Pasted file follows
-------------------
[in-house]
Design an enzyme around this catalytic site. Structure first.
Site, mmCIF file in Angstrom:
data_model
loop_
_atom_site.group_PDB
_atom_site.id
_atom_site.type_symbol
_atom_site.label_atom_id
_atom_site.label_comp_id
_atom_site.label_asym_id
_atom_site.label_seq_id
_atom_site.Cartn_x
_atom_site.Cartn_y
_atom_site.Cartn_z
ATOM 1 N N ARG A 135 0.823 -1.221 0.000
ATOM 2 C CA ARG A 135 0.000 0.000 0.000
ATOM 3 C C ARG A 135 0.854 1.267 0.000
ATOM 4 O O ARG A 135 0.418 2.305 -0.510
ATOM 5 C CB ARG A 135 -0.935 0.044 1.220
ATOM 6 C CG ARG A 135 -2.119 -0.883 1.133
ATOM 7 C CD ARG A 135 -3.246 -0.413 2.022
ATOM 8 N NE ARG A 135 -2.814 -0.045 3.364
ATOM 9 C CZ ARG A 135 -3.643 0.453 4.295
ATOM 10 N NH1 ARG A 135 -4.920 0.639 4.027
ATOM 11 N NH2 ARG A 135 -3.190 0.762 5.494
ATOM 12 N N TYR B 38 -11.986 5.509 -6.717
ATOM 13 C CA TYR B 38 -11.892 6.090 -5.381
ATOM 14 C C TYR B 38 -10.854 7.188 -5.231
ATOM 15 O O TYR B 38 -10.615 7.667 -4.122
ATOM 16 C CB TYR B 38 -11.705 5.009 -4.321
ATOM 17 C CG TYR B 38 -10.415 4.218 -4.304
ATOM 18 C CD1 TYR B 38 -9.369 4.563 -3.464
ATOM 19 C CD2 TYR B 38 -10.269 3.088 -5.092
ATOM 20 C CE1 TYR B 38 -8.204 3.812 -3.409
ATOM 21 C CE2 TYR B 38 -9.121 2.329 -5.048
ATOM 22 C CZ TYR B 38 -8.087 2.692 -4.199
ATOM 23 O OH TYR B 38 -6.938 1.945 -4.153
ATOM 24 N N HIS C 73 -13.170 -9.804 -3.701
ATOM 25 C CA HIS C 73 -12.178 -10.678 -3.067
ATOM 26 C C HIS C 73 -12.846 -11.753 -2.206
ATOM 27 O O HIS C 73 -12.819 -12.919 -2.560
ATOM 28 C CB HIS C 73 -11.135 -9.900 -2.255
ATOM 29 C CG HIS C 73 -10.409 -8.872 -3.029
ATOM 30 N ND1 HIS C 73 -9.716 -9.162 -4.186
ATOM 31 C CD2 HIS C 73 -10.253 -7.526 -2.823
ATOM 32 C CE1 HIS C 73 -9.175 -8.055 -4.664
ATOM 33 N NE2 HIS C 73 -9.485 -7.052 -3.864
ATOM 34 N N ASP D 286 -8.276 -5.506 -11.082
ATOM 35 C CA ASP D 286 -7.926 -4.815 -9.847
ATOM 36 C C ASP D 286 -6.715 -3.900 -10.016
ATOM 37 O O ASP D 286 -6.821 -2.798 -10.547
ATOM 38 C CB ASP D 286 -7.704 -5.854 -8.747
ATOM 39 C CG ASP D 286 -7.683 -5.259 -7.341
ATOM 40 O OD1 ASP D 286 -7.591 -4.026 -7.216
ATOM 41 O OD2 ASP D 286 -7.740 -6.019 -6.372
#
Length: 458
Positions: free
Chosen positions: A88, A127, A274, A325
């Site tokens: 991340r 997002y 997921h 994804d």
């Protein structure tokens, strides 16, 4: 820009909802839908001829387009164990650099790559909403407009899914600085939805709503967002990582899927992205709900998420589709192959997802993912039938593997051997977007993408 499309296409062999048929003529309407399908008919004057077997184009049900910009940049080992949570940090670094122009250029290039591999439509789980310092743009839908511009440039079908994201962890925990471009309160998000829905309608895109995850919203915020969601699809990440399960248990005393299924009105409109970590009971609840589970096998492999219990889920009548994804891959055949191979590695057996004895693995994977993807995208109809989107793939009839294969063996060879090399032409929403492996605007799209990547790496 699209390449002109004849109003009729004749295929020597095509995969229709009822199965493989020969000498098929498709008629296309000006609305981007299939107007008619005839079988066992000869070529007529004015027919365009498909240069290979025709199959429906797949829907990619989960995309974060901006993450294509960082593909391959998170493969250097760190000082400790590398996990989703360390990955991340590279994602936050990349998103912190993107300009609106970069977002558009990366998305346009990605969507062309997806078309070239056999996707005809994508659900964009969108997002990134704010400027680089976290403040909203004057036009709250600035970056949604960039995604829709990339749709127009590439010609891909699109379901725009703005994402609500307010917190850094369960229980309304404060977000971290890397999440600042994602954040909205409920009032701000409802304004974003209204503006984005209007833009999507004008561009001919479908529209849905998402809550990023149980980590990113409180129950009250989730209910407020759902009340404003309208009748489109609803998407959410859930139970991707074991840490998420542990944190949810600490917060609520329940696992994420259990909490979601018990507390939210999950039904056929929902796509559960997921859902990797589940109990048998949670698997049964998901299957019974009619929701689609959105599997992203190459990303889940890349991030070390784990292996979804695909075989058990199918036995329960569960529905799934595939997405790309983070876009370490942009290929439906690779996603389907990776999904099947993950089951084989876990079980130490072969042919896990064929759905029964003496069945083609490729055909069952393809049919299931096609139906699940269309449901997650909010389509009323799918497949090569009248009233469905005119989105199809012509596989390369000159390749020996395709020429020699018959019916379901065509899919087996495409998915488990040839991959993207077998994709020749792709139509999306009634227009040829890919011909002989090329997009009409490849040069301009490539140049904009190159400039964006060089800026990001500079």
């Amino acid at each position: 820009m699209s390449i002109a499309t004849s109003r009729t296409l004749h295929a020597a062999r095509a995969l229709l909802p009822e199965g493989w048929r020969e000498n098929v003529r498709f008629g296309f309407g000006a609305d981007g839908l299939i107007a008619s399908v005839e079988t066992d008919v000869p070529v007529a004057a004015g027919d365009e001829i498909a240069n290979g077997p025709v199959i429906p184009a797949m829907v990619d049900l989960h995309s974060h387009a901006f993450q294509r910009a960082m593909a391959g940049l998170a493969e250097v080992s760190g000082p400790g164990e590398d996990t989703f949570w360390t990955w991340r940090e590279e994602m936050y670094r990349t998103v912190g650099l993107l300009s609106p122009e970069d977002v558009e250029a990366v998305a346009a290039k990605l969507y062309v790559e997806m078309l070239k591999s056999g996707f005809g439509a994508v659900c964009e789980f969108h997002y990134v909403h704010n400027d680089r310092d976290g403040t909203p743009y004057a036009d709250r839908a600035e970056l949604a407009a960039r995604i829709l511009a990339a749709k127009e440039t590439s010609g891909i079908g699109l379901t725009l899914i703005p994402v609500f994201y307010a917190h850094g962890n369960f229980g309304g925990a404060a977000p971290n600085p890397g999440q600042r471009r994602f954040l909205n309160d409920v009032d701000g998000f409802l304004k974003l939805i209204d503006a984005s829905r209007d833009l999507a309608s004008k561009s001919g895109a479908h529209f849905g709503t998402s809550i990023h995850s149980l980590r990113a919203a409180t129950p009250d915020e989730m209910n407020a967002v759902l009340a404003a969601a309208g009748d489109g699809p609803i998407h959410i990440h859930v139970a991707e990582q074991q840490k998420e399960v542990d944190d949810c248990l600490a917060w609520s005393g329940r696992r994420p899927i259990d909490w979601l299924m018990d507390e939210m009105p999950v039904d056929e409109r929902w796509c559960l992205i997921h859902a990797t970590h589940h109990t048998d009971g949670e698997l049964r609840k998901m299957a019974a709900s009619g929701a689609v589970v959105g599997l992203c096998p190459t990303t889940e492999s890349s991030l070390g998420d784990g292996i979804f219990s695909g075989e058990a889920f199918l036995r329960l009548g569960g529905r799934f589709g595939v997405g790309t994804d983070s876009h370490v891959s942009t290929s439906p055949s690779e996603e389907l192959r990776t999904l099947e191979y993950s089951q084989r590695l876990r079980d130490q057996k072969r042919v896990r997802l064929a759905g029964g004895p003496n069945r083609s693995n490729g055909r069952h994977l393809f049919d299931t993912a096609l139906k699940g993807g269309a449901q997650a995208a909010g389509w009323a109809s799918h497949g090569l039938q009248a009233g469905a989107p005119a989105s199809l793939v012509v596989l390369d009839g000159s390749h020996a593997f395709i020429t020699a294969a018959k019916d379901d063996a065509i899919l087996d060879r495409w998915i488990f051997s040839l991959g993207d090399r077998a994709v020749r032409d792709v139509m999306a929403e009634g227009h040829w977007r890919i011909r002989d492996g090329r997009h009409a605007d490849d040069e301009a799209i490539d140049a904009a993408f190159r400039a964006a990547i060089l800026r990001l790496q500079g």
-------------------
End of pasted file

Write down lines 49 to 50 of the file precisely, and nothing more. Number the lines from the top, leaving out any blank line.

ATOM 34 N N ASP D 286 -8.276 -5.506 -11.082
ATOM 35 C CA ASP D 286 -7.926 -4.815 -9.847